THE CYCLOS OF PHNOM PENH
Claude Marthaler meets the rickshaw riders of Cambodia’s capital city, who provide transport for tourist and locals on their characteristic cyclos, in which the passenger rides at the front. A new Cyclo Centre is offering new hope to a troubled industry…
PLUNGE into the jungle of Phnom Penh’s Monivong Boulevard or take a stroll along Street 136, near the Central Market, at any time of the day. Take one of the 1400-odd single-seat, slow and comfortable cyclos of the capital to feel its crazy pulse. You’re sitting comfortably, very close to the ground, propelled by a rider aged anything from 16 to over 70 years old. Your ride represents direct support for the city’s poorest and least-privileged citizens, and an environmentally-friendly way to discover the wonders of bustling and polluted Phnom Penh. Welcome to the land of the cyclo! Commissioned in 1936 by the colonial Mayor of Phnom Penh to replace the city’s hand-pulled rickshaws, the French engineer Maurice Coupeaud created a prototype of a unique pedal-powered conveyance. It was a sort of pushcycle, with the rider sitting behind the passenger – because the mayor thought that it would be improper for the rider, usually an indigenous male, to be placed between the legs of a colonial French woman. This original cyclo appeared across the Indo-China peninsula in different versions. In 1939, Coupeaud himself rode one of his machines from Phnom Penh to Saigon in just over seventeen hours. A year later, 200 of them were working in Hanoi, Vietnam. Though production of these original cyclos has long since ceased, restored ones are still in use today. Though the Cyclo is versatile, accessible and (dirt) cheap, its future is threatened by economic development. Just like the rickshaw riders of Lhasa, Tibet (see Issue 30), the cyclo riders are clinging onto a niche threatened by an increasing number of moto-dop (small motorbike-taxis), tuk-tuk (motorised trailer-taxis) and buses, which are perhaps even more comfortable and are definitively quicker. They’re also seen as more modern and aspirational, not least by the city authorities. Year by year, the numbers are decreasing. At the time of the post-Pol Pot regime (1979), there were about 10600 Cyclos in Phnom Penh. By 1989 there were still 9646 on the road, according to the city’s Department of Municipal Transport, but from then onwards no new registrations have been issued, in an attempt to reduce their number.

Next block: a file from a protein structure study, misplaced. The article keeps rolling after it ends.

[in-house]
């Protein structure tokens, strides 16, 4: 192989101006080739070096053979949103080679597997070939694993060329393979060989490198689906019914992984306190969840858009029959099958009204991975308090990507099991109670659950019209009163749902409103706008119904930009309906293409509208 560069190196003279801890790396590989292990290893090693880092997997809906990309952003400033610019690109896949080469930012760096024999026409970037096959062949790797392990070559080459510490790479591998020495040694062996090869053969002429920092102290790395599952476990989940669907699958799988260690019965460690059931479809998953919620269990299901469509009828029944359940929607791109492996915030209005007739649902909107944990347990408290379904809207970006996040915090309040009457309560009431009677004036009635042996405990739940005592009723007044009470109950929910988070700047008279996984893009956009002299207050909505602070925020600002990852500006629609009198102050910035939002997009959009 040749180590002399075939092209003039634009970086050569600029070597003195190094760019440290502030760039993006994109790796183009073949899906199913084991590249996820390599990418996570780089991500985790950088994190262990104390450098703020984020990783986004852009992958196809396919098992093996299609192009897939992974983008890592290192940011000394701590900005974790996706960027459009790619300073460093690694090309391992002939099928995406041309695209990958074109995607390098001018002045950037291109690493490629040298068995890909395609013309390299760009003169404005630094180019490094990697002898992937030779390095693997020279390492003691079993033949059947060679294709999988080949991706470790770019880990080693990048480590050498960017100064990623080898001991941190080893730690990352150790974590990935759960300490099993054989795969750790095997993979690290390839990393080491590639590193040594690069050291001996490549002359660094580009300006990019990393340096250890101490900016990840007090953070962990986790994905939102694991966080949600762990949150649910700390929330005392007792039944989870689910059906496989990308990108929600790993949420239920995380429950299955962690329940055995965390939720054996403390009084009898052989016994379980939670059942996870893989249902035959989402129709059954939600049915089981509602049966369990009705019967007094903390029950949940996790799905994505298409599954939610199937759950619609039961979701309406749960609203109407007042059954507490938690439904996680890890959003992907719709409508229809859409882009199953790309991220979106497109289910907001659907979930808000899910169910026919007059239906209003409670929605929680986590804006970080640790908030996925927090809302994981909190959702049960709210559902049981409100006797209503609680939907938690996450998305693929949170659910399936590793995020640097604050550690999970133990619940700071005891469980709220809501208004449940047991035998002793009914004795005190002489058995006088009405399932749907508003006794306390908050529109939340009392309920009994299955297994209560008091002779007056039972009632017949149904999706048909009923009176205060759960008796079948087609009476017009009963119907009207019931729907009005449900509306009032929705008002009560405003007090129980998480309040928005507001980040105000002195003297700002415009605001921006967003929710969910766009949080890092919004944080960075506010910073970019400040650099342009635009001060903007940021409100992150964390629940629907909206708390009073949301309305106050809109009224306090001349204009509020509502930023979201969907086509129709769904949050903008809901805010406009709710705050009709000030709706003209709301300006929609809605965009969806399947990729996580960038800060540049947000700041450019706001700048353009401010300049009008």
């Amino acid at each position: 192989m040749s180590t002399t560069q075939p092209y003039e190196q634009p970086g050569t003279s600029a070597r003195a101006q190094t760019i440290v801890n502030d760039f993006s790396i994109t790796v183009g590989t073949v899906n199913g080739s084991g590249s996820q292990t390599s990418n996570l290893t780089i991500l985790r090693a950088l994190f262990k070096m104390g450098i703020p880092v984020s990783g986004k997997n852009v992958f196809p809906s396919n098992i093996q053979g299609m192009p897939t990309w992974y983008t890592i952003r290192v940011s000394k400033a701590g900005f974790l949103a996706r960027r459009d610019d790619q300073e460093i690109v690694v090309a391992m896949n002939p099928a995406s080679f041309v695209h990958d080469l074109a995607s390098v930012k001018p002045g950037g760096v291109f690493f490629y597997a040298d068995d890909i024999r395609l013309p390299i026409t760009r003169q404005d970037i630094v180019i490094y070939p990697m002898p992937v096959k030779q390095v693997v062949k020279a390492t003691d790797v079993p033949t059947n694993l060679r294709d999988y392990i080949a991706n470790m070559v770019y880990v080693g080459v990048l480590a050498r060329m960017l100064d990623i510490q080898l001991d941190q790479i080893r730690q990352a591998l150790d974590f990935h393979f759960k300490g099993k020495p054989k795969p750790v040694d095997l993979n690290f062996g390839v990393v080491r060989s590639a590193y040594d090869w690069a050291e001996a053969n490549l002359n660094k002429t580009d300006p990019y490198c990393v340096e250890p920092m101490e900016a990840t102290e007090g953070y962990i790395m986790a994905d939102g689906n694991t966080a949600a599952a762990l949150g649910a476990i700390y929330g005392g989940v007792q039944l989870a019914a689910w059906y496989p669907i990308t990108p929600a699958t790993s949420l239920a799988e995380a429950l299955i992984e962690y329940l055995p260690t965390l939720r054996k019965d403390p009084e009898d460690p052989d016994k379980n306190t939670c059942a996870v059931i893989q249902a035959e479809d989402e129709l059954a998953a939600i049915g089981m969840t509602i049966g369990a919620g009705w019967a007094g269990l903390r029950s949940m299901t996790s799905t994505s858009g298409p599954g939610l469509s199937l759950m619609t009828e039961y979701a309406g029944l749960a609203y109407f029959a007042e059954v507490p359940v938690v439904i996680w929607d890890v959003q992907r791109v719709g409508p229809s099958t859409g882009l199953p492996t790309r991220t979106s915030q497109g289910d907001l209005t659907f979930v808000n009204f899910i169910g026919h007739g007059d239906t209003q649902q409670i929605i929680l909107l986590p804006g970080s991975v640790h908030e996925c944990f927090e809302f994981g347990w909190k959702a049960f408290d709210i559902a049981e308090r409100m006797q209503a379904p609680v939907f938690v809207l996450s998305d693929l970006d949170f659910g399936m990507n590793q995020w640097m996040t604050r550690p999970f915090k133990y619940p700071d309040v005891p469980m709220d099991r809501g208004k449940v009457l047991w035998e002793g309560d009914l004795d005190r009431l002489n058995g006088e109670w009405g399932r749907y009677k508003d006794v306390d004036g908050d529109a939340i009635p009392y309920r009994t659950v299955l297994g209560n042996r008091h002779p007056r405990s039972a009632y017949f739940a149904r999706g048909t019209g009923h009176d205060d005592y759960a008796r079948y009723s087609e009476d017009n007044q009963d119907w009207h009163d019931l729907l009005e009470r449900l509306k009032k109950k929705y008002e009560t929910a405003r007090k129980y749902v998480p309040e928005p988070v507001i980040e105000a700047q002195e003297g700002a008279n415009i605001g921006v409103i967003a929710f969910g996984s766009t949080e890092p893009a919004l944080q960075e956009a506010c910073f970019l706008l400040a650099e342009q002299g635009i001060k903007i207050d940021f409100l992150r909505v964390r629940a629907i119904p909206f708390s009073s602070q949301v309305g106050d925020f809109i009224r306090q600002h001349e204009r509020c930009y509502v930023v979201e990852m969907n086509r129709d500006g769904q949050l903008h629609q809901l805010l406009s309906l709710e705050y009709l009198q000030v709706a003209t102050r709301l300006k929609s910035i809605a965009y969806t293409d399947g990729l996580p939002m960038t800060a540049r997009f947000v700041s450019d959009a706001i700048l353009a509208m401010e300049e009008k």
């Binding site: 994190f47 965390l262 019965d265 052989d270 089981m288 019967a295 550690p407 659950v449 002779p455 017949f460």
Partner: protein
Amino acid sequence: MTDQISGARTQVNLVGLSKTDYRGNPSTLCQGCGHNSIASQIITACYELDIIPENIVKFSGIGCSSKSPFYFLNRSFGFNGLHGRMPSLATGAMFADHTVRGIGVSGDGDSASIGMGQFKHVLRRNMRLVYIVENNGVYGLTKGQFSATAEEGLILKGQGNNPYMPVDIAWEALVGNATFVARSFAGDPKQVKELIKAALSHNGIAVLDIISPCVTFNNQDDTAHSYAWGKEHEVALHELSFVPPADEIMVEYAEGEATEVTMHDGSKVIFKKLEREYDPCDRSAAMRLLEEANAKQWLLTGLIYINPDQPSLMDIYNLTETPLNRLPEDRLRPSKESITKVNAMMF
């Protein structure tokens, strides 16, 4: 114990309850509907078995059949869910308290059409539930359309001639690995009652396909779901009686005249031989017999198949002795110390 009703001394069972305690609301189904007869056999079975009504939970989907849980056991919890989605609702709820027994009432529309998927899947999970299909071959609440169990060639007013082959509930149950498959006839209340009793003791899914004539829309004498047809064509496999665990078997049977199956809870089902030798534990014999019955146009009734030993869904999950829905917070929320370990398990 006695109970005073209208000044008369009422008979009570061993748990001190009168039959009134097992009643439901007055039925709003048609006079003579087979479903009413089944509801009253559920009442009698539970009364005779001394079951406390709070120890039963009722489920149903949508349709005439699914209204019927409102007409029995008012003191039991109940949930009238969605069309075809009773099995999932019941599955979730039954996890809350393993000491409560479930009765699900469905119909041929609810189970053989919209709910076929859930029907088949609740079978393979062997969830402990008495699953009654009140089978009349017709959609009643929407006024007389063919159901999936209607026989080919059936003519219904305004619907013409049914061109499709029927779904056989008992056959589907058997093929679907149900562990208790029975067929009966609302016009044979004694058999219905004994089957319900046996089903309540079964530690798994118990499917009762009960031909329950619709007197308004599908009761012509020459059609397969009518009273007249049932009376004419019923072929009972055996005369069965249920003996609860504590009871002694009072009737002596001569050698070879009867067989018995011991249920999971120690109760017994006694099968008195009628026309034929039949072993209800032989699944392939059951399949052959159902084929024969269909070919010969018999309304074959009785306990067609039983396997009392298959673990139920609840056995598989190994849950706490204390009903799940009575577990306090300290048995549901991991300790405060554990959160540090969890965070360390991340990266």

VELOVISION ISSUE 32 DECEMBER 2008 8